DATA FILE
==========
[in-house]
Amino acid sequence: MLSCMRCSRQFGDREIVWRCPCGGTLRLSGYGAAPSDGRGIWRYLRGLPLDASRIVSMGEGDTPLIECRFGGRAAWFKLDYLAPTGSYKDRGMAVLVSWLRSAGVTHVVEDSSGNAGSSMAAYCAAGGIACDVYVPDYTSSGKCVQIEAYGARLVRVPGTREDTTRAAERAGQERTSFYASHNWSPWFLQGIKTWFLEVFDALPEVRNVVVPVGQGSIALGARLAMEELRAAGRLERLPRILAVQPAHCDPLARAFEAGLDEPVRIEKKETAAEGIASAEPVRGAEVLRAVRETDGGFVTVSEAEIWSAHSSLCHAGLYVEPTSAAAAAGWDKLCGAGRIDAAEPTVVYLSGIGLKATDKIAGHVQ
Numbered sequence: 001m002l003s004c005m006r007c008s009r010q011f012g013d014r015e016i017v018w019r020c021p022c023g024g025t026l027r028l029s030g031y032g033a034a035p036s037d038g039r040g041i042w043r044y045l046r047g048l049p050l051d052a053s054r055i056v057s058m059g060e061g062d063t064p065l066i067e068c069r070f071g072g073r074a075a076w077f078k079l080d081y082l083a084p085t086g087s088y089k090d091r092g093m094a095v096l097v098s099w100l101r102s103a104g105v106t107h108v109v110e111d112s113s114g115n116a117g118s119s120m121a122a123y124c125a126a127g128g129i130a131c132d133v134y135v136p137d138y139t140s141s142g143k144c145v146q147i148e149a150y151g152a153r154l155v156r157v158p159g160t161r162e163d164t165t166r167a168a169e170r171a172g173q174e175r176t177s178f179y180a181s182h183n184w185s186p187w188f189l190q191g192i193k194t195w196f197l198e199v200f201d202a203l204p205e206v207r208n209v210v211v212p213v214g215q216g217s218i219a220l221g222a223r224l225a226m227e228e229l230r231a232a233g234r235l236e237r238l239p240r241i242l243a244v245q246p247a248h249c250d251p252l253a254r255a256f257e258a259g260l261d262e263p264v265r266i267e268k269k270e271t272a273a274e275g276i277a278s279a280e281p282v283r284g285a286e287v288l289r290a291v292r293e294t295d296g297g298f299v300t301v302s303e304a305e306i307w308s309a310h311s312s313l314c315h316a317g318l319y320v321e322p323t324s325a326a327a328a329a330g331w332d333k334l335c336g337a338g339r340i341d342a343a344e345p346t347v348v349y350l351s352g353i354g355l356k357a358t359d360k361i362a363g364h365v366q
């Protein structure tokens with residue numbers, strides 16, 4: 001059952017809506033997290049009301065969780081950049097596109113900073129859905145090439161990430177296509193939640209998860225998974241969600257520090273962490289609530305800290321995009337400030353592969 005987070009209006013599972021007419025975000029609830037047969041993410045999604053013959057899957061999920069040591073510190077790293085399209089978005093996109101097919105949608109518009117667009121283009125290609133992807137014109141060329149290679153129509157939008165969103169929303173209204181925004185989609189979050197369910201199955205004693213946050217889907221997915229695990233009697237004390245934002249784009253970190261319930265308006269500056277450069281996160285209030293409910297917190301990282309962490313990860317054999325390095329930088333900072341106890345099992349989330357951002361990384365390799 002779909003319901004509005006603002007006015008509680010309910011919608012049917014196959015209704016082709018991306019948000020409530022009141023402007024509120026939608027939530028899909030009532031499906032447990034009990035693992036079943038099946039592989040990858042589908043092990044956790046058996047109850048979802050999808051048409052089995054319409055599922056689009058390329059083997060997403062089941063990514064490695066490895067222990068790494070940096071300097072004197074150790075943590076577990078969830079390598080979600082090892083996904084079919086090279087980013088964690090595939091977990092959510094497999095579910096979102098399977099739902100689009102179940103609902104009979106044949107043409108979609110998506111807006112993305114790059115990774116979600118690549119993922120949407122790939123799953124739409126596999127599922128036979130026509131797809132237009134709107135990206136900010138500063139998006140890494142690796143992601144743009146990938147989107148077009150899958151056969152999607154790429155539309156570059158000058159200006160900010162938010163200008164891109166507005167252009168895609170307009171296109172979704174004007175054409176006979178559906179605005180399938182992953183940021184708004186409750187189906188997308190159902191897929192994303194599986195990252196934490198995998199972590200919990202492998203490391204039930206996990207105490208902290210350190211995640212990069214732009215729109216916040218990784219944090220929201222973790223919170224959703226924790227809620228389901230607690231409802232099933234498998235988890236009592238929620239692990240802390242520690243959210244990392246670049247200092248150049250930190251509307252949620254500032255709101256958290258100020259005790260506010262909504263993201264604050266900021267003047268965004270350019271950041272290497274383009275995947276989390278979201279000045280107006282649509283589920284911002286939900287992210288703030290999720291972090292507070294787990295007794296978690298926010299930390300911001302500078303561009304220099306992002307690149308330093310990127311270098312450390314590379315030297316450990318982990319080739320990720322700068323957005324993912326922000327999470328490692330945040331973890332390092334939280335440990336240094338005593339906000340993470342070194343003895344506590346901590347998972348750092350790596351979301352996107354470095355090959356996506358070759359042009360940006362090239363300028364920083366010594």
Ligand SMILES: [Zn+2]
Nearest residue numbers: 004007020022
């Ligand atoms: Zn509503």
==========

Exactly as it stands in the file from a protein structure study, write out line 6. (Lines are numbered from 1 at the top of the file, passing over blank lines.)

Nearest residue numbers: 004007020022